Jardel

Working in South Korea

Monthly Earnings A little over 60,000 baht

Q1. How is that income broken down? (full-time salary, private students, on-line teaching, extra work, etc)

This is my full salary before taxes or any deductions. All of it is coming from my one and only job at a public middle school. It's also noteworthy that in Korea you're not allowed to make money elsewhere. You're only allowed to be in Korea for what your visa allows.

Q2. How much money can you save each month?

At least 25,000 baht without even trying, which I regularly don't. If I was frugal that month about 35,000 baht. The two months out of the year I'm on vacation I save a little over 15,000 baht.

Q3. How much do you pay for your accommodation and what do you live in exactly (house, apartment, condo)?

I had the option of getting free housing or taking housing allowance of about 10,000 baht. I chose the former so I didn't have to deal directly with the landlord who doesn't speak English or have to put a hefty deposit down which my school took care of.

The place itself is a studio apartment but with proper compartments, not like the room and washroom you get in Thailand.

Q4. What do you spend a month on the following things?

Transportation

I live close enough to walk to work. The subway and bus costs about 32 baht which is my main form of transportation. The only time I use taxis are on the weekends when I'm out late past operating subway hours. It's about 400 baht getting to my place from the bars/clubs.

A month sets me back about 2,000 baht

Utility bills

Korea is seasonal so on average 500 baht for the power (air-con or heating) bill and only 130 baht for water. So 630 baht I guess.

Food - both restaurants and supermarket shopping

A monthly deduction of about 2,000 baht covers breakfast and lunch at school. I eat out the rest of the time because it costs just as much to cook it at home. A refrigerated meal at a convenience store costs 90 baht. Eating out at the weekends with friends is 250 per meal. So a total of about 6,000 baht.

Nightlife and drinking

I'm honestly out almost every weekend to socialize. Most clubs are cover free, the few that have fees will set you back no more than 200-300 baht. I mainly drink beer and the occasional cocktail. Domestic beers are 90 baht, imported beer 170 baht and cocktails 130-180 baht. In a month I spend about 7,000 baht.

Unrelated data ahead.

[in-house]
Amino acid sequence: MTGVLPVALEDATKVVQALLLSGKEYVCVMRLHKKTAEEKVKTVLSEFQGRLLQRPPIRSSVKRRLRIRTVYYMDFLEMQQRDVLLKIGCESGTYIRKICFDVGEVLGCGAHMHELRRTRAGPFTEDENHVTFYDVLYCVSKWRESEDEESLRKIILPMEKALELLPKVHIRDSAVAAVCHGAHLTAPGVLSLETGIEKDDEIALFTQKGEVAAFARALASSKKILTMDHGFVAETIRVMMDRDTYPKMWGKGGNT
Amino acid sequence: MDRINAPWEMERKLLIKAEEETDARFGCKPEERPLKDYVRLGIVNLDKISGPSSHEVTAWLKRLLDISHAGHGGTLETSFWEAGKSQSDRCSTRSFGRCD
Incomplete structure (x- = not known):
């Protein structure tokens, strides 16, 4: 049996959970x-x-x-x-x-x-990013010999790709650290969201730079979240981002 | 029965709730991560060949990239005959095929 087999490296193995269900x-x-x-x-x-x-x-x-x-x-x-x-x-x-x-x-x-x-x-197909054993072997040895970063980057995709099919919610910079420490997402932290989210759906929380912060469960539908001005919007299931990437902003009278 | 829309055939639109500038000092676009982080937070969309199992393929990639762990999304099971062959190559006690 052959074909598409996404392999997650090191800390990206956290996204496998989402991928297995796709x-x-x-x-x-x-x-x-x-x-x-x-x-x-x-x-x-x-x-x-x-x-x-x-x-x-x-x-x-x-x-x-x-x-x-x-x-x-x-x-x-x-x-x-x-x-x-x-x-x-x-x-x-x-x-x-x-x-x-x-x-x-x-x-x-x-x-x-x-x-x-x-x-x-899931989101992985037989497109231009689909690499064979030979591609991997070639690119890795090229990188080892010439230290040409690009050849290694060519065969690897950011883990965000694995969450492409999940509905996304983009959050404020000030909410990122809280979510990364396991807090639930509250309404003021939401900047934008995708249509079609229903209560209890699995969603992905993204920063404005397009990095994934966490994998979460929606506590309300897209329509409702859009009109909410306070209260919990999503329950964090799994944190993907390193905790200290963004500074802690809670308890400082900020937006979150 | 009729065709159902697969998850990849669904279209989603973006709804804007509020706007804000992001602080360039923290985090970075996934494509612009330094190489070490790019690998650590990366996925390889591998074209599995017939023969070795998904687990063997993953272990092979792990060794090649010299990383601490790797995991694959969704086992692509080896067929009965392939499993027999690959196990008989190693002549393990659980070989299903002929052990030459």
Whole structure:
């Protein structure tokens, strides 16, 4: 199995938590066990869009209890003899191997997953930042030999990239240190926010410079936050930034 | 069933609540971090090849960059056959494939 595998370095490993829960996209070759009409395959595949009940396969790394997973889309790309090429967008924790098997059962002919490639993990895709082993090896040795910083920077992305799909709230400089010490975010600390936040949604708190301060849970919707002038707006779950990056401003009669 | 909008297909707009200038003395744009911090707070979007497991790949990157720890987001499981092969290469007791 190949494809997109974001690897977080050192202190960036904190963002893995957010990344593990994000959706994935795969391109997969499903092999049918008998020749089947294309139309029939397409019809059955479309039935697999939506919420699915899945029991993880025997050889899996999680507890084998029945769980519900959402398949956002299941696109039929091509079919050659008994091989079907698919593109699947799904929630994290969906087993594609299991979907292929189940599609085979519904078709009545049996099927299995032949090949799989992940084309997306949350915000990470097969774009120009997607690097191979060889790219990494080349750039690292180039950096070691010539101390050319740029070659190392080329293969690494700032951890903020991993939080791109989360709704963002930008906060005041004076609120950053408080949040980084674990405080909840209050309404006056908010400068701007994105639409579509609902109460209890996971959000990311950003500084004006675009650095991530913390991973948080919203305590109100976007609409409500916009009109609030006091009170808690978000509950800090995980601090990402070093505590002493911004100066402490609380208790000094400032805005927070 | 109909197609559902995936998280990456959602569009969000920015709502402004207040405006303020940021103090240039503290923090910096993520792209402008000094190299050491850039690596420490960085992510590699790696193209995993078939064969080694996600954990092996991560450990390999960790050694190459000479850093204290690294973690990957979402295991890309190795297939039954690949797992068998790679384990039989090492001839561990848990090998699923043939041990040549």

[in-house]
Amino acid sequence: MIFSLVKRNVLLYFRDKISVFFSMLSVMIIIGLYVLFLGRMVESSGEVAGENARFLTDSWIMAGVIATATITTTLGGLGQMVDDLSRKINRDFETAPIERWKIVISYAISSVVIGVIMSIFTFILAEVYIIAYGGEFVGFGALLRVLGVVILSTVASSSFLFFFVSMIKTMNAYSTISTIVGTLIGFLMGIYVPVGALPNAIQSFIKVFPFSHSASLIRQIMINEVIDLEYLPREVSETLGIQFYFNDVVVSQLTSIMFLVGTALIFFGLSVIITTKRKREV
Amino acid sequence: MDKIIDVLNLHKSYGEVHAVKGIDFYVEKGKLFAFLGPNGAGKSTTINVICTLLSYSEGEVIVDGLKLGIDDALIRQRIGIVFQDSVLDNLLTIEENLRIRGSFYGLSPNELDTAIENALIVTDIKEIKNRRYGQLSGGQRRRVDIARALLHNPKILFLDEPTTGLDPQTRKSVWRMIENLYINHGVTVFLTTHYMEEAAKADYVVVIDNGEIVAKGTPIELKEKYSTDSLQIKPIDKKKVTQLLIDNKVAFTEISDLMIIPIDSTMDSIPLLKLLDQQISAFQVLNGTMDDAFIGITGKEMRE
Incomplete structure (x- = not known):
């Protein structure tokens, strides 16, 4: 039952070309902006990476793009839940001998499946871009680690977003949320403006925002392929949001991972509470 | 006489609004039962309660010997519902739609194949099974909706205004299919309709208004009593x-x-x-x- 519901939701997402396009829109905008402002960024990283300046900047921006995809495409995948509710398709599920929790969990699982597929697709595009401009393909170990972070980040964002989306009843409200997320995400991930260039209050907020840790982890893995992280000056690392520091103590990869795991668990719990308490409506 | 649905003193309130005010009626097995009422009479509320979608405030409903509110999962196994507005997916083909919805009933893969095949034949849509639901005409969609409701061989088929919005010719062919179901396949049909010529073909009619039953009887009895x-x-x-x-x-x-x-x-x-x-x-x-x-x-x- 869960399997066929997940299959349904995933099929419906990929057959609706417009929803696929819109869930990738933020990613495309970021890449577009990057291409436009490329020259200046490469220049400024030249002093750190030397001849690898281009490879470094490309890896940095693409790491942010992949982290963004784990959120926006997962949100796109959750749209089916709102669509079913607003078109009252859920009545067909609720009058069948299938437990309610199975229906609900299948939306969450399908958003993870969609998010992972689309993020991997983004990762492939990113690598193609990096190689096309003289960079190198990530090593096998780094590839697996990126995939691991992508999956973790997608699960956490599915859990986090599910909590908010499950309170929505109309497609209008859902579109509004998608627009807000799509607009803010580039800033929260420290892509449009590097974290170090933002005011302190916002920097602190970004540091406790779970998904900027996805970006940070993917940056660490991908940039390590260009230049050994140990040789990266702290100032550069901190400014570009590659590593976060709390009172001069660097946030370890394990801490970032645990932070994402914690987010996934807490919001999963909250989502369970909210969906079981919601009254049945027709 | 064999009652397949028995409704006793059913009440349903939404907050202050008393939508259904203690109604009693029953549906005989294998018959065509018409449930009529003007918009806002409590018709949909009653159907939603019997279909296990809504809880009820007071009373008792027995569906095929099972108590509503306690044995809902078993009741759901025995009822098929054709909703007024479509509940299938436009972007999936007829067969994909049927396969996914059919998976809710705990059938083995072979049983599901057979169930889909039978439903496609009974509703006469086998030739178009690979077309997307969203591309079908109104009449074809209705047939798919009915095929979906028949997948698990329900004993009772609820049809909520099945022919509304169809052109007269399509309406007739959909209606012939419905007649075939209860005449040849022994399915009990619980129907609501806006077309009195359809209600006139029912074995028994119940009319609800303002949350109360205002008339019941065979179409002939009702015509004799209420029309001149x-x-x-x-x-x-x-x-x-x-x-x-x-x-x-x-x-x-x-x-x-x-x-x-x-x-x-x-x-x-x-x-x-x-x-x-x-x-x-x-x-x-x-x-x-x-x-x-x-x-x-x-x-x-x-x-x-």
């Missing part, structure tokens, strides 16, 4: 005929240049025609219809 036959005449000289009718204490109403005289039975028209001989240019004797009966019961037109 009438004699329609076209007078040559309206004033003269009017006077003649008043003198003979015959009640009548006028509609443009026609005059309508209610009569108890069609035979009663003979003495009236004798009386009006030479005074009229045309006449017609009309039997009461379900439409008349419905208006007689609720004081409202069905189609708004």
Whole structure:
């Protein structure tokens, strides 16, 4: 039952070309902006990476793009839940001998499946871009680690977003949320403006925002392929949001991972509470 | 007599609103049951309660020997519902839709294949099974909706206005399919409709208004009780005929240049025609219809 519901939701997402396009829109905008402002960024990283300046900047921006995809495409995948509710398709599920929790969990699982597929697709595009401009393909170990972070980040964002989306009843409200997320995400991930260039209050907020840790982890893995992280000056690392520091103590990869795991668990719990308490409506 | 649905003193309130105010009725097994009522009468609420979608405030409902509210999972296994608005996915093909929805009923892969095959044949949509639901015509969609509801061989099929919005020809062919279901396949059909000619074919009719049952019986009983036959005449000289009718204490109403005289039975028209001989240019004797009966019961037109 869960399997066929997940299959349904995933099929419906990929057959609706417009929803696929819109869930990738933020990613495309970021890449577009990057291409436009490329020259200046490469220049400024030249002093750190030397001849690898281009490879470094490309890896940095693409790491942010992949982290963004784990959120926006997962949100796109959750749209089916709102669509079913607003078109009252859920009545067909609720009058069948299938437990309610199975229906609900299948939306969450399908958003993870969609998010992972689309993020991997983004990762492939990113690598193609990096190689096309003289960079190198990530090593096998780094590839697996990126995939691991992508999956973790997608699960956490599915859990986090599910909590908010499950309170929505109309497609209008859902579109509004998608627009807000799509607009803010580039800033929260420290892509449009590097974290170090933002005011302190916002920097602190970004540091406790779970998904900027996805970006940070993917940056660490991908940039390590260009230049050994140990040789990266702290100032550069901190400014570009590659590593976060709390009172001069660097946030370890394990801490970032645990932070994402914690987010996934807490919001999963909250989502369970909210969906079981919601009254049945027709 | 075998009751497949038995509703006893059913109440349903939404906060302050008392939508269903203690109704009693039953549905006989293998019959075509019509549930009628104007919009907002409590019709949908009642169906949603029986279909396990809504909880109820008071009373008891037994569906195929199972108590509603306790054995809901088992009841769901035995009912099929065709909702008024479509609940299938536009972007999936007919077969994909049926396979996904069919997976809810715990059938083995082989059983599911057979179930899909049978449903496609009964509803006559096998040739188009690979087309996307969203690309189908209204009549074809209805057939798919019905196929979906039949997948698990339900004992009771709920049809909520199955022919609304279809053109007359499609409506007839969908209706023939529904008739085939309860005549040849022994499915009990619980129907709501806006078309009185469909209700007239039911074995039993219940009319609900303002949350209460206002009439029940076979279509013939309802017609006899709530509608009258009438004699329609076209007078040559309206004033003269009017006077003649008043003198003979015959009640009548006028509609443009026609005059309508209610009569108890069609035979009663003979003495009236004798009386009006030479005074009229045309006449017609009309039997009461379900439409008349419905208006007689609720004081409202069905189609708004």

Books, computers

I'd say nothing. My computer works fine and I only bought one text book to learn Korean that cost 460 baht.

Q5. How would you summarize your standard of living in one sentence?

I'd say good. I don't pay rent and my utility bills are cheap. I can eat out everyday if I want and I can go out every weekend if I want. The weekends I don't go out is because I may want to sleep in and not because of money.

Q6. What do you consider to be a real 'bargain' here?

I guess rent. Although not as cheap as Thailand, still half the price of back home.

Q7. In your opinion, how much money does anyone need to earn here in order to survive?

Assuming your employer does not cover the 10,000 baht housing for you, I'd say 40,000 baht for all your basic needs met plus spoiling yourself on the weekend.

Phil's analysis and comment

Thanks Jardel. I'm quite surprised you could survive in South Korea on the equivalent of 40,000 baht a month. But the 60,000 a month you are earning certainly sounds like enough to meet your needs. We'll also be having a 'great escape' interview with Jardel in the coming week so look out for that one. 


Submit your own Cost of Living survey

Back to the main list


Featured Jobs

Early Years Foundation Stage  Cover Class Teachers

฿0+ / month

Bangkok


English Conversation Teachers

฿35,000+ / month

Thailand


Teachers for Intensive English Program April 2020

฿35,300+ / month

Thailand


Math & Science Teachers for April Start

฿40,300+ / month

Thailand


Permanent Cover/Substitute Teacher for April Start

฿45,000+ / month

Thailand


Math and Science Teachers

฿31,000+ / month

Thailand


Featured Teachers

  • Biljana


    Serbian, 34 years old. Currently living in Serbia and Montenegro

  • Jason


    Filipino, 26 years old. Currently living in Philippines

  • Eamon


    British, 28 years old. Currently living in United Kingdom

  • Jonathan


    American, 54 years old. Currently living in Thailand

  • Marvin


    British, 31 years old. Currently living in United Kingdom

  • Sara


    Iranian, 39 years old. Currently living in Taiwan

The Hot Spot


The dreaded demo

The dreaded demo

Many schools ask for demo lessons before they hire. What should you the teacher be aware of?


Will I find work in Thailand?

Will I find work in Thailand?

It's one of the most common questions we get e-mailed to us. So find out exactly where you stand.


Renting an apartment?

Renting an apartment?

Before you go pounding the streets, check out our guide and know what to look out for.


Can you hear me OK?

Can you hear me OK?

In today's modern world, the on-line interview is becoming more and more popular. How do you prepare for it?


Contributions welcome

Contributions welcome

If you like visiting ajarn.com and reading the content, why not get involved yourself and keep us up to date?


Teacher mistakes

Teacher mistakes

What are the most common mistakes that teachers make when they are about to embark on a teaching career in Thailand? We've got them all covered.


Need Thailand insurance?

Need Thailand insurance?

Have a question about health or travel insurance in Thailand? Walter van der Wal from Pacific Prime is Ajarn's resident expert.